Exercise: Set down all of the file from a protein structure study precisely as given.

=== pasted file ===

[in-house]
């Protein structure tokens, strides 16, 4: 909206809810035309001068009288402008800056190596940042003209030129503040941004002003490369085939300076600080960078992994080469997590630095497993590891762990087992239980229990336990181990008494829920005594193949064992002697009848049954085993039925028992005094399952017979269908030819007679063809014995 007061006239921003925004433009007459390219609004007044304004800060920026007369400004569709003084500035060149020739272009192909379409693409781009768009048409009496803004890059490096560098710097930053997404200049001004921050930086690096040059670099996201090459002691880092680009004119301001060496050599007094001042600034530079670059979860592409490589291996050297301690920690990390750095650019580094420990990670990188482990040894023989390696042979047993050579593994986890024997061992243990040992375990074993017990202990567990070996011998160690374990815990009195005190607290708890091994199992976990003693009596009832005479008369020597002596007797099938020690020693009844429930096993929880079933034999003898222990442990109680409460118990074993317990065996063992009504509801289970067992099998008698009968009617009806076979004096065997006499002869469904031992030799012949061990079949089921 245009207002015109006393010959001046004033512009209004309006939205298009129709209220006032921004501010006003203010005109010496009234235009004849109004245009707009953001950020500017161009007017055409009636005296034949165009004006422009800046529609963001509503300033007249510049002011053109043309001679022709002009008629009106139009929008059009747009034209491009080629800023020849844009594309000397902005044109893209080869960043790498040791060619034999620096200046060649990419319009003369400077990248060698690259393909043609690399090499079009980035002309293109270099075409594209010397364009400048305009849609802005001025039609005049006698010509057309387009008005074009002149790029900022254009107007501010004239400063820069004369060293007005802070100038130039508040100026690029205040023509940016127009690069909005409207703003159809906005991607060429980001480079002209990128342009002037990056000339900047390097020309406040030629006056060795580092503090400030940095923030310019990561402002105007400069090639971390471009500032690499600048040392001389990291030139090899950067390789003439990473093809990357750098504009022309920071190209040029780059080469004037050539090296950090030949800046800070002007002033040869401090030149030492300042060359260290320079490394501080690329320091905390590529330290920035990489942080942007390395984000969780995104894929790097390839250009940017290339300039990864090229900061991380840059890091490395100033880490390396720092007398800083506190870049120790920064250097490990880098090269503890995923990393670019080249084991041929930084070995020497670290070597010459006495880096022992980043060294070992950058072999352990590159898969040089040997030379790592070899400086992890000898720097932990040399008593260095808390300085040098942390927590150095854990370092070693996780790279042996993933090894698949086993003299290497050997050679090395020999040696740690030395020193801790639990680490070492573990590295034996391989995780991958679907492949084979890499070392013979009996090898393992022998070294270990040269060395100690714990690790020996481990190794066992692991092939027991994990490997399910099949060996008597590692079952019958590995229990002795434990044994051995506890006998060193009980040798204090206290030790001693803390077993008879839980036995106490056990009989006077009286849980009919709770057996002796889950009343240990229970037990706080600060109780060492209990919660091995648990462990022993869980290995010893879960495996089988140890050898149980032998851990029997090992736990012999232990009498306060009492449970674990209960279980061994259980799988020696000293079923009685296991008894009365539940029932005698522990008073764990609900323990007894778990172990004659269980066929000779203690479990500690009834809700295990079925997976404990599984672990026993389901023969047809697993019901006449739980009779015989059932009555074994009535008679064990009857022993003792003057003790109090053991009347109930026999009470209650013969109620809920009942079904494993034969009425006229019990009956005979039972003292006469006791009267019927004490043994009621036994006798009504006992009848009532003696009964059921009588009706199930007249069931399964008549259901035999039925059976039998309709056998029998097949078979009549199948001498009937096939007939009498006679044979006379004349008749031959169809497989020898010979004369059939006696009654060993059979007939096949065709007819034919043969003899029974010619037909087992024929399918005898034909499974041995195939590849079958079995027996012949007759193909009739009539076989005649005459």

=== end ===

[in-house]
């Protein structure tokens, strides 16, 4: 909206809810035309001068009288402008800056190596940042003209030129503040941004002003490369085939300076600080960078992994080469997590630095497993590891762990087992239980229990336990181990008494829920005594193949064992002697009848049954085993039925028992005094399952017979269908030819007679063809014995 007061006239921003925004433009007459390219609004007044304004800060920026007369400004569709003084500035060149020739272009192909379409693409781009768009048409009496803004890059490096560098710097930053997404200049001004921050930086690096040059670099996201090459002691880092680009004119301001060496050599007094001042600034530079670059979860592409490589291996050297301690920690990390750095650019580094420990990670990188482990040894023989390696042979047993050579593994986890024997061992243990040992375990074993017990202990567990070996011998160690374990815990009195005190607290708890091994199992976990003693009596009832005479008369020597002596007797099938020690020693009844429930096993929880079933034999003898222990442990109680409460118990074993317990065996063992009504509801289970067992099998008698009968009617009806076979004096065997006499002869469904031992030799012949061990079949089921 245009207002015109006393010959001046004033512009209004309006939205298009129709209220006032921004501010006003203010005109010496009234235009004849109004245009707009953001950020500017161009007017055409009636005296034949165009004006422009800046529609963001509503300033007249510049002011053109043309001679022709002009008629009106139009929008059009747009034209491009080629800023020849844009594309000397902005044109893209080869960043790498040791060619034999620096200046060649990419319009003369400077990248060698690259393909043609690399090499079009980035002309293109270099075409594209010397364009400048305009849609802005001025039609005049006698010509057309387009008005074009002149790029900022254009107007501010004239400063820069004369060293007005802070100038130039508040100026690029205040023509940016127009690069909005409207703003159809906005991607060429980001480079002209990128342009002037990056000339900047390097020309406040030629006056060795580092503090400030940095923030310019990561402002105007400069090639971390471009500032690499600048040392001389990291030139090899950067390789003439990473093809990357750098504009022309920071190209040029780059080469004037050539090296950090030949800046800070002007002033040869401090030149030492300042060359260290320079490394501080690329320091905390590529330290920035990489942080942007390395984000969780995104894929790097390839250009940017290339300039990864090229900061991380840059890091490395100033880490390396720092007398800083506190870049120790920064250097490990880098090269503890995923990393670019080249084991041929930084070995020497670290070597010459006495880096022992980043060294070992950058072999352990590159898969040089040997030379790592070899400086992890000898720097932990040399008593260095808390300085040098942390927590150095854990370092070693996780790279042996993933090894698949086993003299290497050997050679090395020999040696740690030395020193801790639990680490070492573990590295034996391989995780991958679907492949084979890499070392013979009996090898393992022998070294270990040269060395100690714990690790020996481990190794066992692991092939027991994990490997399910099949060996008597590692079952019958590995229990002795434990044994051995506890006998060193009980040798204090206290030790001693803390077993008879839980036995106490056990009989006077009286849980009919709770057996002796889950009343240990229970037990706080600060109780060492209990919660091995648990462990022993869980290995010893879960495996089988140890050898149980032998851990029997090992736990012999232990009498306060009492449970674990209960279980061994259980799988020696000293079923009685296991008894009365539940029932005698522990008073764990609900323990007894778990172990004659269980066929000779203690479990500690009834809700295990079925997976404990599984672990026993389901023969047809697993019901006449739980009779015989059932009555074994009535008679064990009857022993003792003057003790109090053991009347109930026999009470209650013969109620809920009942079904494993034969009425006229019990009956005979039972003292006469006791009267019927004490043994009621036994006798009504006992009848009532003696009964059921009588009706199930007249069931399964008549259901035999039925059976039998309709056998029998097949078979009549199948001498009937096939007939009498006679044979006379004349008749031959169809497989020898010979004369059939006696009654060993059979007939096949065709007819034919043969003899029974010619037909087992024929399918005898034909499974041995195939590849079958079995027996012949007759193909009739009539076989005649005459």